The UK Royal Navy’s Queen Elizabeth Class (QEC) aircraft carriers, HMS Queen Elizabeth and HMS Prince of Wales, have received a frequency converter to generate power for the vessels.
Consisting of two parts, the 50t converter and the 50t motor, the frequency convertor will play a key role in providing the carriers with enough electricity wherever they sail.
A new substation, which has been built by the UK Defence Infrastructure Organisation (DIO), will be used to supply the carriers with electricity when homeported at naval base HMNB Portsmouth.
Using about 2.6 miles of cable, the substation has been connected to the National Grid and can supply electricity that is enough to power a small town.
With the help of a hydraulic boom, which 'plugs in' to the side of the aircraft carriers, electricity will be supplied the vessels. The boom is being manufactured in Italy and is slated to be delivered next year.
DIO Project Manager Philip Wise said: “I am delighted to see the delivery of the frequency converter, a clear sign of the progress we and VolkerStevin are making on these facilities.
“The substation is vital for HMS Queen Elizabeth and HMS Prince of Wales so we are pleased to be playing our part in supporting the country’s new aircraft carriers.”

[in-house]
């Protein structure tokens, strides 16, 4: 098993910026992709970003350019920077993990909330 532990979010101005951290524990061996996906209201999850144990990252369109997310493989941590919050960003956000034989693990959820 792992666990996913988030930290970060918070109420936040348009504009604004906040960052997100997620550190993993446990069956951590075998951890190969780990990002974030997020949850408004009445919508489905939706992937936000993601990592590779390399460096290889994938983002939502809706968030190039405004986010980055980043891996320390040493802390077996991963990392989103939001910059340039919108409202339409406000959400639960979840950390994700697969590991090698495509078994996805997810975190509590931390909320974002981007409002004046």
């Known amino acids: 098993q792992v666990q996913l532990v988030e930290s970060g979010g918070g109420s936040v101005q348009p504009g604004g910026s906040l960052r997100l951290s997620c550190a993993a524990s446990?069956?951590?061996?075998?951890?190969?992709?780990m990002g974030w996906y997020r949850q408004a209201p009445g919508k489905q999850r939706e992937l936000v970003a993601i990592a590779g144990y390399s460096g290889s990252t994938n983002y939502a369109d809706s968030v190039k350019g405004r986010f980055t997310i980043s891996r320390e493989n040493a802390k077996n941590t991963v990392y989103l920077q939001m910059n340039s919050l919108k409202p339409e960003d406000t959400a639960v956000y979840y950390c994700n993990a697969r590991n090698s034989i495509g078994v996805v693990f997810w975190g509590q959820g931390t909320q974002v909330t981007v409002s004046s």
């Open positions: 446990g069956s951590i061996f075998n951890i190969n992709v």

The conversion is considered important since all the ships typically operate on an electrical frequency of 60Hz while the National Grid can cater to 50Hz.
The QEC aircraft carriers are the biggest and most powerful naval assets, which are being built for the Royal Navy in alliance with Babcock, Thales, BAE Systems, and the UK Ministry of Defence.
The vessels will be deployed for a range of operations, including engaging in warfare, as welll as in humanitarian and disaster relief efforts.
Image: The frequency converter for the UK Royal Navy’s aircraft carriers. Photo: courtesy of Crown Copyright MOD 2016.